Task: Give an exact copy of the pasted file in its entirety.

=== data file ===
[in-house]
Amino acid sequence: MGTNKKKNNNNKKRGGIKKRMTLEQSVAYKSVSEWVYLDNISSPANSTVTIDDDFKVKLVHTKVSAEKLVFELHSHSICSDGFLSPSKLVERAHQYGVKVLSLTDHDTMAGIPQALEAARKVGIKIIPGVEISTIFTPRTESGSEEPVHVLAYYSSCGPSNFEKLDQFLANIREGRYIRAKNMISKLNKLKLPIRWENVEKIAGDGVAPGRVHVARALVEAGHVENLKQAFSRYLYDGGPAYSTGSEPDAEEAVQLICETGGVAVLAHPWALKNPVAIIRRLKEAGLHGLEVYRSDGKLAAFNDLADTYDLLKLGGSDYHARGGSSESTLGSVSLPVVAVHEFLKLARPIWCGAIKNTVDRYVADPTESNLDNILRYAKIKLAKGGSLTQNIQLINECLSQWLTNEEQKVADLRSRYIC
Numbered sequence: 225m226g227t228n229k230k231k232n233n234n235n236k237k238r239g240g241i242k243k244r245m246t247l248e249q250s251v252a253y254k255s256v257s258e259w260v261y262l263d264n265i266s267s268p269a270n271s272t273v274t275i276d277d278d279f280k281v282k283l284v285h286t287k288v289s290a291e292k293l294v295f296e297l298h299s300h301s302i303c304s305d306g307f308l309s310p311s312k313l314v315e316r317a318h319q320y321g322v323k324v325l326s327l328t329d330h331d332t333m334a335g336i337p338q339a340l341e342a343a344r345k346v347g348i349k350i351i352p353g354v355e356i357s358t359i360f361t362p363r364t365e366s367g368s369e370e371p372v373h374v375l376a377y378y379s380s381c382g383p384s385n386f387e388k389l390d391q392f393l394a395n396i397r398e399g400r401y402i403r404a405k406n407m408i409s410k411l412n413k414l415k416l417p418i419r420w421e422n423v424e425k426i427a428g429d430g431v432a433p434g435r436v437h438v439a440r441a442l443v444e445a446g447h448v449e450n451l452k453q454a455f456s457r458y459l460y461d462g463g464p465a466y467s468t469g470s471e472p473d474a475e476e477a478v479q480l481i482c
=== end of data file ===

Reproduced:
[in-house]
Amino acid sequence: MGTNKKKNNNNKKRGGIKKRMTLEQSVAYKSVSEWVYLDNISSPANSTVTIDDDFKVKLVHTKVSAEKLVFELHSHSICSDGFLSPSKLVERAHQYGVKVLSLTDHDTMAGIPQALEAARKVGIKIIPGVEISTIFTPRTESGSEEPVHVLAYYSSCGPSNFEKLDQFLANIREGRYIRAKNMISKLNKLKLPIRWENVEKIAGDGVAPGRVHVARALVEAGHVENLKQAFSRYLYDGGPAYSTGSEPDAEEAVQLICETGGVAVLAHPWALKNPVAIIRRLKEAGLHGLEVYRSDGKLAAFNDLADTYDLLKLGGSDYHARGGSSESTLGSVSLPVVAVHEFLKLARPIWCGAIKNTVDRYVADPTESNLDNILRYAKIKLAKGGSLTQNIQLINECLSQWLTNEEQKVADLRSRYIC
Numbered sequence: 225m226g227t228n229k230k231k232n233n234n235n236k237k238r239g240g241i242k243k244r245m246t247l248e249q250s251v252a253y254k255s256v257s258e259w260v261y262l263d264n265i266s267s268p269a270n271s272t273v274t275i276d277d278d279f280k281v282k283l284v285h286t287k288v289s290a291e292k293l294v295f296e297l298h299s300h301s302i303c304s305d306g307f308l309s310p311s312k313l314v315e316r317a318h319q320y321g322v323k324v325l326s327l328t329d330h331d332t333m334a335g336i337p338q339a340l341e342a343a344r345k346v347g348i349k350i351i352p353g354v355e356i357s358t359i360f361t362p363r364t365e366s367g368s369e370e371p372v373h374v375l376a377y378y379s380s381c382g383p384s385n386f387e388k389l390d391q392f393l394a395n396i397r398e399g400r401y402i403r404a405k406n407m408i409s410k411l412n413k414l415k416l417p418i419r420w421e422n423v424e425k426i427a428g429d430g431v432a433p434g435r436v437h438v439a440r441a442l443v444e445a446g447h448v449e450n451l452k453q454a455f456s457r458y459l460y461d462g463g464p465a466y467s468t469g470s471e472p473d474a475e476e477a478v479q480l481i482c